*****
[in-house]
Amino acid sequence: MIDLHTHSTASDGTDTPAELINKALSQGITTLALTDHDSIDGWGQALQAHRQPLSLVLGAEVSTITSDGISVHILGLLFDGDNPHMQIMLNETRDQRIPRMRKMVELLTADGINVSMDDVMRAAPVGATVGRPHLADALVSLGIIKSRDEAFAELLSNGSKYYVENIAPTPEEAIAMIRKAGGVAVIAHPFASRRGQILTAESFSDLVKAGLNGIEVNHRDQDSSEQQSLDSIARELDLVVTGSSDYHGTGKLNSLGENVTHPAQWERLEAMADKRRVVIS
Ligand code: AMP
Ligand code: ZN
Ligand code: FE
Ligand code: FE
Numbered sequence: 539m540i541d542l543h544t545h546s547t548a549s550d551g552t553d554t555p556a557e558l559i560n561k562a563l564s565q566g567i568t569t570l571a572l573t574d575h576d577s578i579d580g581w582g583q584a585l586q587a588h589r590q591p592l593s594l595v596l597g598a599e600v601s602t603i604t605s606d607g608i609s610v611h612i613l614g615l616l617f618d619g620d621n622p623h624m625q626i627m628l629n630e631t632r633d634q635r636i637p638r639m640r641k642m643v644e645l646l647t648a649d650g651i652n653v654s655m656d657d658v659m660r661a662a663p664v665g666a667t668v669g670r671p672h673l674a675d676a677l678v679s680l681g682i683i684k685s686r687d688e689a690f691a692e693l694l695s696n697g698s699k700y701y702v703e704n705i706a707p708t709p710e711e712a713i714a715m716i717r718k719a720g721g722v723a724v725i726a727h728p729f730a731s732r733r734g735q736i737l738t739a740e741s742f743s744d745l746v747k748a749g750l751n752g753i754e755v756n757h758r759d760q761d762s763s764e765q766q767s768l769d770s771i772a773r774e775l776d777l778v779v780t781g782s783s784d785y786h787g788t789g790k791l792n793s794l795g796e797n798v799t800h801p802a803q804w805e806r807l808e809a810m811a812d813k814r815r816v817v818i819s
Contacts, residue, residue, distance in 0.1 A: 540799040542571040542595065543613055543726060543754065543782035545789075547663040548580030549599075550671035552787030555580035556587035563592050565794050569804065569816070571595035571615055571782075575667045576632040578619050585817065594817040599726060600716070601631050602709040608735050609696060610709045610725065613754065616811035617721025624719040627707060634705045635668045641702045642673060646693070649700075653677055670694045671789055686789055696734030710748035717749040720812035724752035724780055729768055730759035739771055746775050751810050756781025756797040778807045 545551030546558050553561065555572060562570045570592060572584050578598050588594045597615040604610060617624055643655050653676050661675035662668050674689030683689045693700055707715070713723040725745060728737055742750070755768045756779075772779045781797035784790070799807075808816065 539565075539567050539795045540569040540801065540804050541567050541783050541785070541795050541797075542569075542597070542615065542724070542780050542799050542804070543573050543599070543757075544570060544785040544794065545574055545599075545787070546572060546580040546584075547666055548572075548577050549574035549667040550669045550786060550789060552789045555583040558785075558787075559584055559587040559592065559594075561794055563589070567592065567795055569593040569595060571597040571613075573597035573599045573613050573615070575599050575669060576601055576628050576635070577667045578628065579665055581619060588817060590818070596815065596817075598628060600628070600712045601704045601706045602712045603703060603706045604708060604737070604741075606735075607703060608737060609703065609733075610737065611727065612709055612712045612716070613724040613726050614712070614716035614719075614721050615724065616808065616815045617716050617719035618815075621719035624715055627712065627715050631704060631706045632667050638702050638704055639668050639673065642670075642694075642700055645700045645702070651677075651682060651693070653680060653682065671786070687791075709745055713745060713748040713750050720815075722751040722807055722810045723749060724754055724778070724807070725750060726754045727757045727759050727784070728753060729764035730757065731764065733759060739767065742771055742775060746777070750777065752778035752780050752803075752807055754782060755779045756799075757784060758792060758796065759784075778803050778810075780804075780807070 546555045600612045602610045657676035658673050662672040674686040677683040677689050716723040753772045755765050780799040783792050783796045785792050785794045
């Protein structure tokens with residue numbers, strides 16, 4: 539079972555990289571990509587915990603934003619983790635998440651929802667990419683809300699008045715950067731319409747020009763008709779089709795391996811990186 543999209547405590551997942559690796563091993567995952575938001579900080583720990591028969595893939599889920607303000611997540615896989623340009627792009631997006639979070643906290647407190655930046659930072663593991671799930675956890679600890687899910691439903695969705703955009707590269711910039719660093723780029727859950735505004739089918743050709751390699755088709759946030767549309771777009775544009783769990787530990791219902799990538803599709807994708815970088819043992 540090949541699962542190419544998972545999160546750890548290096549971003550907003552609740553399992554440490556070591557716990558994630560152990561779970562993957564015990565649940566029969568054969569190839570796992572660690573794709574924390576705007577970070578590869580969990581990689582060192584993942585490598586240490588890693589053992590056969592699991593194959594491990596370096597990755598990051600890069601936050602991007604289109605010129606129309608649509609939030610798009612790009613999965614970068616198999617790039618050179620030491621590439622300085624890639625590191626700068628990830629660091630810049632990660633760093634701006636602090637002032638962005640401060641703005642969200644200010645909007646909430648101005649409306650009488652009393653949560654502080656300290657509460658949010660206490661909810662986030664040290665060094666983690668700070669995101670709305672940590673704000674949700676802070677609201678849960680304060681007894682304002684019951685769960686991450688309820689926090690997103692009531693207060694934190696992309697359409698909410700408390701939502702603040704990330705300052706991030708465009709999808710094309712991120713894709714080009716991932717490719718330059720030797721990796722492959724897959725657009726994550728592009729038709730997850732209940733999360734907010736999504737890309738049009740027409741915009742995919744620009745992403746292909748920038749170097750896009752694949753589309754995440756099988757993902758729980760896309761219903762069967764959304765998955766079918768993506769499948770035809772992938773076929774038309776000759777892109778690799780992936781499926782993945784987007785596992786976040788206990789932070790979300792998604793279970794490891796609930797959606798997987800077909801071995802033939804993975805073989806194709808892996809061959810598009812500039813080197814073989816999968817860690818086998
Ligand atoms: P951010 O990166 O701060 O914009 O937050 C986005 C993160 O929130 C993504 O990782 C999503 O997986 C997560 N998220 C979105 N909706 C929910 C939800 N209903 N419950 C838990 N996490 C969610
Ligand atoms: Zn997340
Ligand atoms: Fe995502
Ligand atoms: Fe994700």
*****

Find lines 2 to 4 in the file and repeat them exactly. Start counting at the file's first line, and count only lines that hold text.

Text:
Amino acid sequence: MIDLHTHSTASDGTDTPAELINKALSQGITTLALTDHDSIDGWGQALQAHRQPLSLVLGAEVSTITSDGISVHILGLLFDGDNPHMQIMLNETRDQRIPRMRKMVELLTADGINVSMDDVMRAAPVGATVGRPHLADALVSLGIIKSRDEAFAELLSNGSKYYVENIAPTPEEAIAMIRKAGGVAVIAHPFASRRGQILTAESFSDLVKAGLNGIEVNHRDQDSSEQQSLDSIARELDLVVTGSSDYHGTGKLNSLGENVTHPAQWERLEAMADKRRVVIS
Ligand code: AMP
Ligand code: ZN